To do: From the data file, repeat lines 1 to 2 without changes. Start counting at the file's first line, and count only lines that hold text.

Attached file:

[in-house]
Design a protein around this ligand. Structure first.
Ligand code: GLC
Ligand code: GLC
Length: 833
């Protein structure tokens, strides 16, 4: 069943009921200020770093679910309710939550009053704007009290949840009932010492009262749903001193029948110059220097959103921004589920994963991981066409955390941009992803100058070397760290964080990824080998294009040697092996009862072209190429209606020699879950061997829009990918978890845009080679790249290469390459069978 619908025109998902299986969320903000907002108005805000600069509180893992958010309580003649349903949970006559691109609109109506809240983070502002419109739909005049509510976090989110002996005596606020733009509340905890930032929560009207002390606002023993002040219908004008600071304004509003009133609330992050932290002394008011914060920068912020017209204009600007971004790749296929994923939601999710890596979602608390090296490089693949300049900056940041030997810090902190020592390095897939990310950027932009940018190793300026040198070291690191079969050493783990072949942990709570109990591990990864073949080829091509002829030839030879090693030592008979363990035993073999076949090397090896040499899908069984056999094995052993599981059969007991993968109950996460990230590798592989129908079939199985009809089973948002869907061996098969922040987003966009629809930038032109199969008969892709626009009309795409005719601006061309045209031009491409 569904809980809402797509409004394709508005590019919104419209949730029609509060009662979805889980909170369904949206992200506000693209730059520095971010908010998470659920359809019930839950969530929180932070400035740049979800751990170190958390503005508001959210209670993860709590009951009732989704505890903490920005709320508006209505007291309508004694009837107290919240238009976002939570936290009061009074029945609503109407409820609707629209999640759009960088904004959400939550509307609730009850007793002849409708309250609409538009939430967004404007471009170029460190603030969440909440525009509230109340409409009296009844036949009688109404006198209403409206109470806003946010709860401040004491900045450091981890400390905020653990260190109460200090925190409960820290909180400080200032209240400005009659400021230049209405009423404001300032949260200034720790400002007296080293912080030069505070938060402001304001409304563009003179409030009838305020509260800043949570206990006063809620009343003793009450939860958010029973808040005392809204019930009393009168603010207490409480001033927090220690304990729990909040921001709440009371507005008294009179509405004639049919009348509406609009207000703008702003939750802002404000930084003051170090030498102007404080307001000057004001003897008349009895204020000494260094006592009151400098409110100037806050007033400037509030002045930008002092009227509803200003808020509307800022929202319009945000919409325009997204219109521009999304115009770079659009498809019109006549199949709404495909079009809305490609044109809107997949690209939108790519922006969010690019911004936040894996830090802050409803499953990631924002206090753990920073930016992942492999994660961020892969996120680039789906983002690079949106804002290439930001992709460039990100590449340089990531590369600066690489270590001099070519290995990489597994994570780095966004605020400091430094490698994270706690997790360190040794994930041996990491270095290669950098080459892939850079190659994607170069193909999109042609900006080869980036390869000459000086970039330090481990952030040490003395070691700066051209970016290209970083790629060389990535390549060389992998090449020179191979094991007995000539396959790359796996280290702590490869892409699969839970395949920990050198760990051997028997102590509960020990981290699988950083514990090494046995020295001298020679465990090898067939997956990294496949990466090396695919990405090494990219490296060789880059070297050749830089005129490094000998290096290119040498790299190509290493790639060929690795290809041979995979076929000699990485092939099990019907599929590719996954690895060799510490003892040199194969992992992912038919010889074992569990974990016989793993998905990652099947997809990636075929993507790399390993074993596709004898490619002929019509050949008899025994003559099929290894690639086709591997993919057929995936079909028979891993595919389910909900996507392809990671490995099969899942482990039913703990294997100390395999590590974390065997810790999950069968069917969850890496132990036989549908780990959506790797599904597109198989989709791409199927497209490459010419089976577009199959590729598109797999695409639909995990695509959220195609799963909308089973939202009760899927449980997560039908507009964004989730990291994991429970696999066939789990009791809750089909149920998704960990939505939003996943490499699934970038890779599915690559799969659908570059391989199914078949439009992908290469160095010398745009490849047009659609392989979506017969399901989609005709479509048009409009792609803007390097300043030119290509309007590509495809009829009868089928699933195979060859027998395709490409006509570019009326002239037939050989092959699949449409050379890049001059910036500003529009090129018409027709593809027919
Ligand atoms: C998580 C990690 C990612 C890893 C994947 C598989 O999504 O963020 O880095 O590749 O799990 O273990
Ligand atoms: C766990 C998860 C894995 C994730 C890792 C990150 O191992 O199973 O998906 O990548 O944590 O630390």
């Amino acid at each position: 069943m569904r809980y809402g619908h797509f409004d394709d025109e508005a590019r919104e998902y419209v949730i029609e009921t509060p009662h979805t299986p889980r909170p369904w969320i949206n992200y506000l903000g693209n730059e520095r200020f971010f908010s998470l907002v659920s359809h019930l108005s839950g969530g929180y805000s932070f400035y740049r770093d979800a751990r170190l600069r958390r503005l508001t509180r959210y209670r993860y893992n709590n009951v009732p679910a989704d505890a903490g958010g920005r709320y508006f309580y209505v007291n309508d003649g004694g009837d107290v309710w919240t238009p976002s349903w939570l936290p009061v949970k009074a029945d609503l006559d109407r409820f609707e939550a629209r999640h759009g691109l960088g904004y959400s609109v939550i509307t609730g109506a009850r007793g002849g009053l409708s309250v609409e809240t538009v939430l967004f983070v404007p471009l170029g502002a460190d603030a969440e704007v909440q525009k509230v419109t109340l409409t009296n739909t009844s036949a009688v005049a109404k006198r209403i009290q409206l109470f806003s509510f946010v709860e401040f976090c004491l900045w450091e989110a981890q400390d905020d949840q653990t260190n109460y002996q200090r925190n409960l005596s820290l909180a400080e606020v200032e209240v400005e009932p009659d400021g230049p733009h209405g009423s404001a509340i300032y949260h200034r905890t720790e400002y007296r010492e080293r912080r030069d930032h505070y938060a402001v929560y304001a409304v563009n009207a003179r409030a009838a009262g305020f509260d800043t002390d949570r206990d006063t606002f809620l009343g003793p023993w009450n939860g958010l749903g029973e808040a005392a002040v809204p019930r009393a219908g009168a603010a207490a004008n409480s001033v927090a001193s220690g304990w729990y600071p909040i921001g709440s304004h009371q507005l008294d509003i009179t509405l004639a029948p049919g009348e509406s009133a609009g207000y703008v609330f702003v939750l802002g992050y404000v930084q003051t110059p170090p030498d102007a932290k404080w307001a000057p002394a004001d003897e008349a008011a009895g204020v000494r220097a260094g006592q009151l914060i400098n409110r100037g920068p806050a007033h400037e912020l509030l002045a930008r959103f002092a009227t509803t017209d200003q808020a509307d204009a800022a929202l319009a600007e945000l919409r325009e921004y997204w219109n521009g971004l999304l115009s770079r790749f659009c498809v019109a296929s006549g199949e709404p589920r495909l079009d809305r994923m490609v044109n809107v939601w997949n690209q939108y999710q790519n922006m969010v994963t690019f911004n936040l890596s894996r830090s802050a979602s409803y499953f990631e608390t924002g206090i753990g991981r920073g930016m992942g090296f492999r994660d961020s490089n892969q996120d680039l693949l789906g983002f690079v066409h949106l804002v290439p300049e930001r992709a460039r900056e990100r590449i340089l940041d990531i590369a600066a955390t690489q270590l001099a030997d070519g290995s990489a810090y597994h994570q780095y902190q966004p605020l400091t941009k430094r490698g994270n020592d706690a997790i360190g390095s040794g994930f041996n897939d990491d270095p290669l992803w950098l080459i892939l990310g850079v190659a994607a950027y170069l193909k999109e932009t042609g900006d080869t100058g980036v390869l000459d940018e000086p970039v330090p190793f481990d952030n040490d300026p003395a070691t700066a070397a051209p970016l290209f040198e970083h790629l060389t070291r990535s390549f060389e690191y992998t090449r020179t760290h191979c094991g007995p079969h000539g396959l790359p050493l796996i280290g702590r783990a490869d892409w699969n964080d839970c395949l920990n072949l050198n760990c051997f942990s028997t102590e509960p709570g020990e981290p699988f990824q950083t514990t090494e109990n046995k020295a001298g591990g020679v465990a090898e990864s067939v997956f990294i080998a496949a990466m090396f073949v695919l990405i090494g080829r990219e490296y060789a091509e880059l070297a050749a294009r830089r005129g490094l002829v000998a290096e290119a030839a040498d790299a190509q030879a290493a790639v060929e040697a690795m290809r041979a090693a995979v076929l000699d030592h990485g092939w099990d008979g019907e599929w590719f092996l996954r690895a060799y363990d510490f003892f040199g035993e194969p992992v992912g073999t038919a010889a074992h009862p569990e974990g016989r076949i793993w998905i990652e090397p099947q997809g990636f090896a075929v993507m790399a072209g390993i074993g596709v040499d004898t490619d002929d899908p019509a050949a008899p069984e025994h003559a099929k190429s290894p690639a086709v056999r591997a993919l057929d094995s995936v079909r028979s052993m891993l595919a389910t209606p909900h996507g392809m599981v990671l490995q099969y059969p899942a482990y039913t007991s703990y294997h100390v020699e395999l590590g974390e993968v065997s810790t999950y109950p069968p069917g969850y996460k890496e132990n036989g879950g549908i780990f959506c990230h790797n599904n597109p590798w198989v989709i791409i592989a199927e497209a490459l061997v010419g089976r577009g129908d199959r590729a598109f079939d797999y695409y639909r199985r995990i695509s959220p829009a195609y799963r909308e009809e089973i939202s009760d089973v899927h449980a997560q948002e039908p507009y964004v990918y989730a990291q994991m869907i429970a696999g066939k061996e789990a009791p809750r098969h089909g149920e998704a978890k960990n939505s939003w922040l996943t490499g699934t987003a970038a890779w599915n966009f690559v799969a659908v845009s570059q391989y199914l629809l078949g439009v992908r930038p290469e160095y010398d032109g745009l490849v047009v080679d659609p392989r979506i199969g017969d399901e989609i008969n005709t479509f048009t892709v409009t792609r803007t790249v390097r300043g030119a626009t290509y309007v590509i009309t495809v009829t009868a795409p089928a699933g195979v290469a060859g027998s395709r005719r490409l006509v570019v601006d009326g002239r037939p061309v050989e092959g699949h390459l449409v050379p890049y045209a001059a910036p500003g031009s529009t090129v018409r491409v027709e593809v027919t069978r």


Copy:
[in-house]
Design a protein around this ligand. Structure first.